Balance of Power: What Scaramucci's Ouster Means for Team Trump

Kelly's Tough Task: Get Trump White House in Order

Blink, and you might have missed it.

Less than a week ago Anthony Scaramucci was boasting to the New Yorker that he'd purge his entire White House team to crack down on leaking. But yesterday, it was Scaramucci himself who was fired as communications director -- after barely a week on the job.

With Scaramucci's ouster, new Chief of Staff John Kelly sent a strong message to both his White House team and outside observers that he's in charge now.

Republicans are desperately hoping that Kelly -- a retired four-star Marine Corps general -- will bring some order to a White House that's seen scandals and infighting overshadow any policy initiatives. And there were some promising early signs, as Kelly focused a Cabinet meeting on plans to overhaul the tax code and other legacy-defining challenges on his first day in the job.

But the precedents are inauspicious. The last general to serve as a president's chief of staff was Alexander Haig. He took the job in 1973 and oversaw the final unraveling of the Nixon administration.

Anthony Scaramucci outside the White House in Washington on July 25.
Photo by Jabin Botsford/The Washington Post via Getty Images

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Global Headlines

Maduro agitators detained | Venezuela’s most high-profile opposition figures were seized from their homes by security forces, in what appeared to be a crackdown on officials challenging President Nicolas Maduro. Leopoldo Lopez was taken at gunpoint, his wife said, just weeks after he had been released from a military prison. The move comes a day after the Trump administration, in an unusual step, imposed sanctions directly on Maduro.

UN funds firms on Syria blacklist | A United Nations report showed that it paid at least $18 million last year to firms with links to Syrian President Bashar al-Assad, some run by cronies on U.S. and European Union blacklists. While the UN isn’t bound by sanctions imposed by member states, the revelation in the 739-page report will fuel criticism it has failed on Syria, where more than six years of war has left about half a million dead.

U.S. hunkers down in Afghanistan | A U.S. government report set out the worsening situation almost 16 years after American forces arrived, with a jump in terror attacks as militants control more territory. That's leaving U.S. officials stuck in Kabul and unable to oversee the billions spent on reconstruction, further hindering efforts by Trump's administration to define a vision for the country.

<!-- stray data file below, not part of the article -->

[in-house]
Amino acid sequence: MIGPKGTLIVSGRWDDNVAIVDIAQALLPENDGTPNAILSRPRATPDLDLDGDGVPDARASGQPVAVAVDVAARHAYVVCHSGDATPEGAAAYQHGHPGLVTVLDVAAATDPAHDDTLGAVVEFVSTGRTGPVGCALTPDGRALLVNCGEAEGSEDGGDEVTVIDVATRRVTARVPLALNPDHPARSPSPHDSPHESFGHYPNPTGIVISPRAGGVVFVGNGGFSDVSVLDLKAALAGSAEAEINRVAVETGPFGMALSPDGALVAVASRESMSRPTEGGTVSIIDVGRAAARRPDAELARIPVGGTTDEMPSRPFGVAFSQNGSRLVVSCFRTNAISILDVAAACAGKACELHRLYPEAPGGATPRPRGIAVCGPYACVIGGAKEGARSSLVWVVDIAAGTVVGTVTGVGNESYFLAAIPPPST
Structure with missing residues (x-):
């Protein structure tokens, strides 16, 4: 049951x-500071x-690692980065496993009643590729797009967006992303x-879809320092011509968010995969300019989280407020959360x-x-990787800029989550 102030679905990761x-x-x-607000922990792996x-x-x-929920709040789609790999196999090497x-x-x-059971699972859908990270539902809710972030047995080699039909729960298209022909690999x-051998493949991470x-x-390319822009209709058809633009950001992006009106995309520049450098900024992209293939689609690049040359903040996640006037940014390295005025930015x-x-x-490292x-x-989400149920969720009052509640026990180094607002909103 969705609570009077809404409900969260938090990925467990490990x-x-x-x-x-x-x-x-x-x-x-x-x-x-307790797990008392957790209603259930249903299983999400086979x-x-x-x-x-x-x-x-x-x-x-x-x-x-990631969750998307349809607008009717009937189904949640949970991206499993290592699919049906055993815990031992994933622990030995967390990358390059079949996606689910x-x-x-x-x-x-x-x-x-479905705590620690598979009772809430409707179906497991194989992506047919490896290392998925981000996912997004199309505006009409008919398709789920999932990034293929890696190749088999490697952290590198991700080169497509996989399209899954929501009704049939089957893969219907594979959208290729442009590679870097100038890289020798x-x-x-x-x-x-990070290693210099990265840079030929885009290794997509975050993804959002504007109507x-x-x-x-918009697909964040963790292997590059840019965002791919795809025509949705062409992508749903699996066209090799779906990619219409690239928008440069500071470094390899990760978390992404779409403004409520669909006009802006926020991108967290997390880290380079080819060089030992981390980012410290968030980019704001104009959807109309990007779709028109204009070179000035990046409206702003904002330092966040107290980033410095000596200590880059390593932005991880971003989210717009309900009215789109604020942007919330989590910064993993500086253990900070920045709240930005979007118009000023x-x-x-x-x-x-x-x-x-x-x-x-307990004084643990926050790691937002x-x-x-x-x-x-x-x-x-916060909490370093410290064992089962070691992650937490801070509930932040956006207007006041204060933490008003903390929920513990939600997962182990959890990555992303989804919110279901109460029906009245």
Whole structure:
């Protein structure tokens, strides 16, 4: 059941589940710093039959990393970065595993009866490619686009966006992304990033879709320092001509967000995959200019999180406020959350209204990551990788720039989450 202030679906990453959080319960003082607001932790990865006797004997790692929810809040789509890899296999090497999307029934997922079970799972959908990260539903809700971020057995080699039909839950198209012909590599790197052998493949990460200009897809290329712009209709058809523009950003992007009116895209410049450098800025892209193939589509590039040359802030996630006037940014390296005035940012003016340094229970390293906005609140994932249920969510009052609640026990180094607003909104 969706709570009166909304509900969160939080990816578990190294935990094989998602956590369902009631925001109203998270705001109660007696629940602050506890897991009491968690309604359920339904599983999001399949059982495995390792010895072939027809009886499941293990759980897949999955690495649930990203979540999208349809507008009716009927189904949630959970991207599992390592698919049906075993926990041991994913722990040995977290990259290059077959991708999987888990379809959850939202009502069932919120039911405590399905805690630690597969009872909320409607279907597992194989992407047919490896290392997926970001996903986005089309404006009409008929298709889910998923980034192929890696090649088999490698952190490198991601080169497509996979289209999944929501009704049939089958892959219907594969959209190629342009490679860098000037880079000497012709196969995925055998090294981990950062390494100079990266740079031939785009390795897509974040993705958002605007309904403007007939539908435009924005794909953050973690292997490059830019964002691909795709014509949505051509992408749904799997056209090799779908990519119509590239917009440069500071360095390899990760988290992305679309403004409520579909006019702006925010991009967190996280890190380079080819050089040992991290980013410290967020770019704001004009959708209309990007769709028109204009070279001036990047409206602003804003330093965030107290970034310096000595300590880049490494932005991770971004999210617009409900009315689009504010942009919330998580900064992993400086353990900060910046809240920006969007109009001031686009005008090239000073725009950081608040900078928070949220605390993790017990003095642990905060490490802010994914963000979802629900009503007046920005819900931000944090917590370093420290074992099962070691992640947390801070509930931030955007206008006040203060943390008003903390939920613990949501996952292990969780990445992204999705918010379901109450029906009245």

Chinese money in Malaysia | China is pouring money into Malaysia, which could help Prime Minister Najib Razak woo eventual voters. President Xi Jinping has described ties with Najib as the best ever and sources say he plans a state visit. But the funds come at a cost: The opposition accuses Najib of cutting out local companies and taking a soft approach to Beijing's military buildup in the disputed parts of the South China Sea.

The Canada-Mexico alliance? | Trump's threats to leave Nafta -- which he's called the worst deal in history -- will test the relationship between Canada and Mexico. His ability to dictate new terms will hinge in part on solidarity among his two partners. The two nations could team up to defend core tenets of the pact -- if they can resist the temptation to sell each other out. 

Brexit infighting | U.K. Prime Minister Theresa May is keeping her head down as her cabinet fights over the terms of Brexit. Trade Secretary Liam Fox is resisting Chancellor Philip Hammond's push to allow free movement for EU nationals for up to three years after Britain leaves. The prime minister hasn't taken a position, in part to avoid alienating any more of her lawmakers before a potentially treacherous party conference in October. 

And finally... Saudi Arabia announced plans to turn hundreds of miles of Red Sea coastline into a global tourism destination, and has promised laws “on par with international standards” to make it happen. Could that be code for relaxing the country's strict dress code or curbs on men and women mixing? By 2022, you could be sucking a mojito on a Saudi beach -- or sitting in Riyadh discussing how the kingdom's plan to wean the economy off oil is still stuck in first gear.

Women in traditional dress on a beach in Jeddah, Saudi Arabia.
Photographer: Kaveh Kazemi/Hulton Archive

— With assistance by Daniel Ten Kate

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